It’s hard to miss the goats. They’d been there as long as the falaj network was built to provide convenient water to the villages nearby. They come in tribes with their kids usually trailing far behind doing their best to keep up with the adults.
They stare at every visitor for a few minutes trying to determine whether they're friendly. In the end, their assessment is always that all newcomers are a threat so any effort to get close to them is met with panic. And then they run away, expertly navigating the rocky terrain that surrounds Wadi Qurai and then fading into the bushes.
The falaj system of Wadi Qurai is famous amongst hikers all over the Sultanate. It is scenic with minor challenges to help amateur hikers get acquainted with the beauty of trekking.
Located about two hours from Muscat hidden in one of the corners of Samail, Wadi Qurai has maintained its old-world charm and here, the locals are insistent that the impeccable state of nature is preserved.
“We have several rules we want people to abide by when they visit. Number one of those is no swimming on the falaj as these waters are used by the villagers for different purposes — some for cooking and
managing their farms and homes,” shared Mohammed who we’ve met while he was tending his goats.
Mohammed shared that although the villagers don’t complain, it is their wish that visitors keep their noise down. “It’s very quiet here and people are very conscious about their privacy,” he shared.
Our trek was only comprised of three people — a quick getaway
organised by Ahmed al Jaabri of Oman Outdoor Adventure as he felt like he needed his weekend breather.
“Many of the people I brought to Wadi Qurai are impressed by the location. It has one of the most amazing falaj network snaking its way into the wadi. The villagers also managed to create this water bridge so
that the water can flow directly into the village,” he explained while we were on our way traversing the road leading to Nizwa.
Unlike other wadis, Wadi Qurai is smaller but it is packed with a lot of scenes and small pools all made beautiful by thriving lichen and moss.
Just as Ahmed described it, the small water bridge which helps people cross to the other side of the wadi as well has been one of the most photographed features of the wadi. It was a testament to the creativity and ingenuity of the dwellers in the area.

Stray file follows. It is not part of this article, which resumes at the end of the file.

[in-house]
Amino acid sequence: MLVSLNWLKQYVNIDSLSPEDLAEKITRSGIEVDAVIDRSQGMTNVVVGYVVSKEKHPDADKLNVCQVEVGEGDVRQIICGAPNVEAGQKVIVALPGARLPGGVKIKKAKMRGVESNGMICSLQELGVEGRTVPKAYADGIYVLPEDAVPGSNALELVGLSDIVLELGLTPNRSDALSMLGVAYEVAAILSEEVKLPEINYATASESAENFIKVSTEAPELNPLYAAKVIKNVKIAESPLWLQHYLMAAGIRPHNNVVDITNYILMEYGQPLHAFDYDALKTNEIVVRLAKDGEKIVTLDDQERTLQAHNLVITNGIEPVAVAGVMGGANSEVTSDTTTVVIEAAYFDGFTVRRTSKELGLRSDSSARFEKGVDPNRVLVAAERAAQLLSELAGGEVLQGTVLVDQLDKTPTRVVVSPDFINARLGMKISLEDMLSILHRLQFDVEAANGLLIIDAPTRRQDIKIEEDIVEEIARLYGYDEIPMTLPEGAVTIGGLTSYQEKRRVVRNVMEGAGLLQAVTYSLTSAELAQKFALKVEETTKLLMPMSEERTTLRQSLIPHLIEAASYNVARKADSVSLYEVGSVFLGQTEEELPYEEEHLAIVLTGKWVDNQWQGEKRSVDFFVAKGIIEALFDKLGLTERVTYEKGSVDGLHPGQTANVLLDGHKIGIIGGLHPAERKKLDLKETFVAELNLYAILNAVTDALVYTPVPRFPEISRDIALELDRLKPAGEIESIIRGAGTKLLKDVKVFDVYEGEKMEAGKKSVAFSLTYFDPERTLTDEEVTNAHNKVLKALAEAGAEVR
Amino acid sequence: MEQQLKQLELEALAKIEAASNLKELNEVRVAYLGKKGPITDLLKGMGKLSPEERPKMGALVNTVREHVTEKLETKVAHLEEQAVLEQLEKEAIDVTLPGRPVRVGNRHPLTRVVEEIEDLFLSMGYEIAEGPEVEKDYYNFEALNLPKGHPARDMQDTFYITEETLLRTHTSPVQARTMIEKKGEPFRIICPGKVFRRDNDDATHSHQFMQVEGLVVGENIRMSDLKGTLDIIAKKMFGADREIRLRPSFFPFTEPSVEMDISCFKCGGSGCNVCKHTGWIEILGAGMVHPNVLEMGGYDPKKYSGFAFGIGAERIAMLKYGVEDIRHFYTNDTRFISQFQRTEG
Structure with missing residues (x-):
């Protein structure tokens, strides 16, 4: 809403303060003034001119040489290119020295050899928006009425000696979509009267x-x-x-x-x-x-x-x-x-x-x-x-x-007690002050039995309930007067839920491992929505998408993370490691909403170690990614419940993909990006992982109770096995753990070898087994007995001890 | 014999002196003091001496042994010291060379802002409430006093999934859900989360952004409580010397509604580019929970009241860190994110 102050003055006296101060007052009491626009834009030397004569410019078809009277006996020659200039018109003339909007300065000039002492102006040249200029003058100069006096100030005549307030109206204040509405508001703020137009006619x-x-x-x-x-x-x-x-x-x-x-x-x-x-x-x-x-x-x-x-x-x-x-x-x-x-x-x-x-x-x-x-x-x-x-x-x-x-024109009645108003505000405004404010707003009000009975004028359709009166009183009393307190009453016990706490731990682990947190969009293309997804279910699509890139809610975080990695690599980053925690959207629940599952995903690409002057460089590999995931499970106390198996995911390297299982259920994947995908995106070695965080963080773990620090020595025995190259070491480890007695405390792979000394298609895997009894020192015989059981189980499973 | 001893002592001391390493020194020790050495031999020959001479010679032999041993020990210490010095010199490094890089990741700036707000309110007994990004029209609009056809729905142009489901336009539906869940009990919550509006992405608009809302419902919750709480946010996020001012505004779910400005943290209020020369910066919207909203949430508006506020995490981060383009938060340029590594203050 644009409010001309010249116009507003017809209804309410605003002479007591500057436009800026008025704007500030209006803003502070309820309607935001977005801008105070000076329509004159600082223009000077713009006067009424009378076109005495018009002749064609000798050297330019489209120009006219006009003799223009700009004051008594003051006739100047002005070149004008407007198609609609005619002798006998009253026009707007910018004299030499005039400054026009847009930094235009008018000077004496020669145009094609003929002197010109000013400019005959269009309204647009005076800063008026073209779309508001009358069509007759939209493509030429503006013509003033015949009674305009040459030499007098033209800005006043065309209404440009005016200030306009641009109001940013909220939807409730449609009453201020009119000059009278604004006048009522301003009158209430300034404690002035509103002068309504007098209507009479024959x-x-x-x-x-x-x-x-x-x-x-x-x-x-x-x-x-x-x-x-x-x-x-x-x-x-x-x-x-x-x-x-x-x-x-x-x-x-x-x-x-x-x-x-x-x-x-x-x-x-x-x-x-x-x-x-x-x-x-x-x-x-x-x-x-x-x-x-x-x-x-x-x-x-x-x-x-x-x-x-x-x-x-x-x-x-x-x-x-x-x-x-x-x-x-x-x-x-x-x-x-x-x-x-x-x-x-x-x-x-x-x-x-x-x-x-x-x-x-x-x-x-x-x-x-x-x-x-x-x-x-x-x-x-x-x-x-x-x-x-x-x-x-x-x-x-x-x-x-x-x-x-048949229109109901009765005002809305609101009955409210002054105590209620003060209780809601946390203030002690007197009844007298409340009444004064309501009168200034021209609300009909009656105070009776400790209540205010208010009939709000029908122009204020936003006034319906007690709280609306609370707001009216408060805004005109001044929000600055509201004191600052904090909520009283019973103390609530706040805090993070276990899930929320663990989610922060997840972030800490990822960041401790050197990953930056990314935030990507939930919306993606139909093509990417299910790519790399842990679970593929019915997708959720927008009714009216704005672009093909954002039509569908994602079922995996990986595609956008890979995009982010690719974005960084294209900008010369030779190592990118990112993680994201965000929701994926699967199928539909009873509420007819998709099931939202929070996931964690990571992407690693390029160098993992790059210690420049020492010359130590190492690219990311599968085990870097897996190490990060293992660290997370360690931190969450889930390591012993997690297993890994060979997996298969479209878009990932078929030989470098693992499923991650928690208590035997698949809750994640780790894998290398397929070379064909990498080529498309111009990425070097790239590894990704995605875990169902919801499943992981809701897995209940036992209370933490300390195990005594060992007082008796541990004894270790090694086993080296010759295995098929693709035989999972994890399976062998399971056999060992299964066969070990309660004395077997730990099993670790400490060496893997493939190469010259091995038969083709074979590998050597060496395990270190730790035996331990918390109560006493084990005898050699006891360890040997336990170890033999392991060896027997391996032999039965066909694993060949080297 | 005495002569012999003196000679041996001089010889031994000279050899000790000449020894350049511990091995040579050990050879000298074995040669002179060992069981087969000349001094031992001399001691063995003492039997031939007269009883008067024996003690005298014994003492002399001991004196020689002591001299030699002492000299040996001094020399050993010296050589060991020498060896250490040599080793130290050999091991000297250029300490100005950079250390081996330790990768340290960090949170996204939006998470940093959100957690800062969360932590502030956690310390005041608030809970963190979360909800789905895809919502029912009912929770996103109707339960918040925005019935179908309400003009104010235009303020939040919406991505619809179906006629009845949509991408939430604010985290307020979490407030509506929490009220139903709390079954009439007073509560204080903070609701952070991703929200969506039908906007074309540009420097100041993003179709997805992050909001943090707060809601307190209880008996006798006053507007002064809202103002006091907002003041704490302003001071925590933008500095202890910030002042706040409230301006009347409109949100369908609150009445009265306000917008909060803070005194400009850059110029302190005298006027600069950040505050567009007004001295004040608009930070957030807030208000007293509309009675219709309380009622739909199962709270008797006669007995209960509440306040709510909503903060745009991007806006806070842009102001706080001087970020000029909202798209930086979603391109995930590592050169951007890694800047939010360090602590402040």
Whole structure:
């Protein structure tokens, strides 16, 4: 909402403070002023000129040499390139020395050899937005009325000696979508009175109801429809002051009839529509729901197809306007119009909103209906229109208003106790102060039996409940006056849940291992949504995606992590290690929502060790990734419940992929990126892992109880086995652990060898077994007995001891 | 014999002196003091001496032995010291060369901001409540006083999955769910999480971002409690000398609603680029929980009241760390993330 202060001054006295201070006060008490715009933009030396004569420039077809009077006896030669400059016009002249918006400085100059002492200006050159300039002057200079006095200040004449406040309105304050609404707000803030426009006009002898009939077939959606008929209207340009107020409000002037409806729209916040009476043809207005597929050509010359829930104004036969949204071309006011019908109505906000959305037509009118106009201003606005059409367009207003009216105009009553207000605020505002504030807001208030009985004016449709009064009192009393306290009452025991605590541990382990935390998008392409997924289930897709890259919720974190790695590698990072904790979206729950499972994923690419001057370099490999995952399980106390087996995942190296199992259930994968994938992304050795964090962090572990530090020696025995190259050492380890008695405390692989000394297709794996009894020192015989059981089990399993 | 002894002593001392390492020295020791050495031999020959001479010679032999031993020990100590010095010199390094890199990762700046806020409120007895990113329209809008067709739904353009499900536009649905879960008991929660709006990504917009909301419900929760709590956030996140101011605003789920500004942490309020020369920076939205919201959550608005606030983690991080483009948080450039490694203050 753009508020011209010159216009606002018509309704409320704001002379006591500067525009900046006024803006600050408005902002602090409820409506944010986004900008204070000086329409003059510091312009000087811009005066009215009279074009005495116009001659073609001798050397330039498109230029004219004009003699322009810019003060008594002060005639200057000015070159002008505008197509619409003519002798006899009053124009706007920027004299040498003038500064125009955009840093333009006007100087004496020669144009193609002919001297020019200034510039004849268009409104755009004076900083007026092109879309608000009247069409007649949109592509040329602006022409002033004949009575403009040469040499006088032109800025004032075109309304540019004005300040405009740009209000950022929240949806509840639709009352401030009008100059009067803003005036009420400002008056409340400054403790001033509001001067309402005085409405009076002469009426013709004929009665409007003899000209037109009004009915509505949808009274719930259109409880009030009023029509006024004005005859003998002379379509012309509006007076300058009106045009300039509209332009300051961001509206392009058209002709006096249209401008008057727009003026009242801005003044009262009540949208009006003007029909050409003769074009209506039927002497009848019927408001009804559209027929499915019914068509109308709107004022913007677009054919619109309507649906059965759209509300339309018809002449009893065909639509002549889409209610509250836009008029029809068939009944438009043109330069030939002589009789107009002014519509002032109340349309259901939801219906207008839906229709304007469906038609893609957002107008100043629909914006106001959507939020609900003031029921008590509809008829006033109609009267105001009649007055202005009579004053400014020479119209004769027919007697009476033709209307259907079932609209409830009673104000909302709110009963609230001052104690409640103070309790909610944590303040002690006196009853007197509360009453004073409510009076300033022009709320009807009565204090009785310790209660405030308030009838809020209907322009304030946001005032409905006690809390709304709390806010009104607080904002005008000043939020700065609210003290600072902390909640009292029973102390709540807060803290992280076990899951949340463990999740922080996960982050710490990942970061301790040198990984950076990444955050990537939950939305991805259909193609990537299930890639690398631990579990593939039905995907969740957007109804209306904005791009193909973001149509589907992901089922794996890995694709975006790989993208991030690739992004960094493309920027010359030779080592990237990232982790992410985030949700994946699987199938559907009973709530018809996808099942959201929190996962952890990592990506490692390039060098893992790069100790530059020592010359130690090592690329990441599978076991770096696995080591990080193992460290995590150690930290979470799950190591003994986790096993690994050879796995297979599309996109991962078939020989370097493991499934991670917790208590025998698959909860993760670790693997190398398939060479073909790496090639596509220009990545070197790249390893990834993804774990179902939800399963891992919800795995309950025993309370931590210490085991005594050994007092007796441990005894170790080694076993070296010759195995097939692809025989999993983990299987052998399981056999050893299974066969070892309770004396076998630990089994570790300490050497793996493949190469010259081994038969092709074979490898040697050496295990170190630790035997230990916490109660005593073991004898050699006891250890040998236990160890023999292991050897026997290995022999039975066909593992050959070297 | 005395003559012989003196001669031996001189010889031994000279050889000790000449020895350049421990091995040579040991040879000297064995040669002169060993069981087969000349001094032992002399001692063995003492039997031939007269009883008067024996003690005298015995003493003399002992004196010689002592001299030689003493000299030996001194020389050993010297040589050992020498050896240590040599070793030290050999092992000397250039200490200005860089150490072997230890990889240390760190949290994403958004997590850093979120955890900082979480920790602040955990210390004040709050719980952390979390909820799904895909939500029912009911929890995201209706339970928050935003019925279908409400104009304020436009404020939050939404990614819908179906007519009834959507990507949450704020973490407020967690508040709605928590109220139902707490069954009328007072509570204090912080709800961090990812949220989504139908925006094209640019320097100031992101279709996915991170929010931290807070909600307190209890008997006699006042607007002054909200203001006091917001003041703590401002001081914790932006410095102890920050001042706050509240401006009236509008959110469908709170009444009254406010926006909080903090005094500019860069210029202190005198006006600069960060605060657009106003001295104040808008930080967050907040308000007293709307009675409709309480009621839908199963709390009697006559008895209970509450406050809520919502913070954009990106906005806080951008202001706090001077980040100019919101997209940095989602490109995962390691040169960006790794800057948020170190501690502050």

Wadi Qurai is also dotted with different trees adding a refreshing green to the surrounding.
“There are many sources of water hidden in the whole of Wadi Qurai. One guy said that there are a total of 19 of these water sources. Although this is yet to be verified, it’s quite interesting hunting them down and I know a few people who’d like to see all of these water sources,” Ahmed shared.
“Anyone can visit Wadi Qurai anytime during the day. It’s a quick trip and I’ve seen children doing this trek. The risks are very minimal and on difficulty level, the trek is definitely just a one. The whole trek can be completed in 20-30 minutes and this already includes several stops for photography among other things,” Ahmed shared.
“I think it’s the biggest pool that is a fitting finale for the whole trek. Measuring about 20 metres by 10 metres and about 3 metres deep, its emerald water filled with small fishes makes the trip worth it. The area surrounding the natural pool is a good spot to lounge around as the canyon provides a good cover from the sun,” he added.
“For me, however, the best time of the day to visit is in the early morning.
You can do the trek and then on your way back, you can take a detour to Fanja souq and grab some Omani or Yemeni food at one of the restaurants on the way. That’s usually how we end a good day trek,” he said.
“It’s my first time to do the Wadi Qurai trek. It really is an easy trek and what I love about it is that you don’t have to worry about bringing with you a lot of things cause the whole stretch is just about 30 minutes long. The view and the serenity of the place are worth a day trip,” Jaja Teng, one of the regular trekkers of the group shared.
“We have some problems of people not paying attention to signboard warnings so some villagers took it upon themselves to remind the people of what not to do,” Mohammed shared.
"While we love to share the beauty of this place to our visitors, livelihoods are dependent upon this falaj so we take utmost care of the surrounding. I hope they always take their garbage with them when they go,” Mohammed said.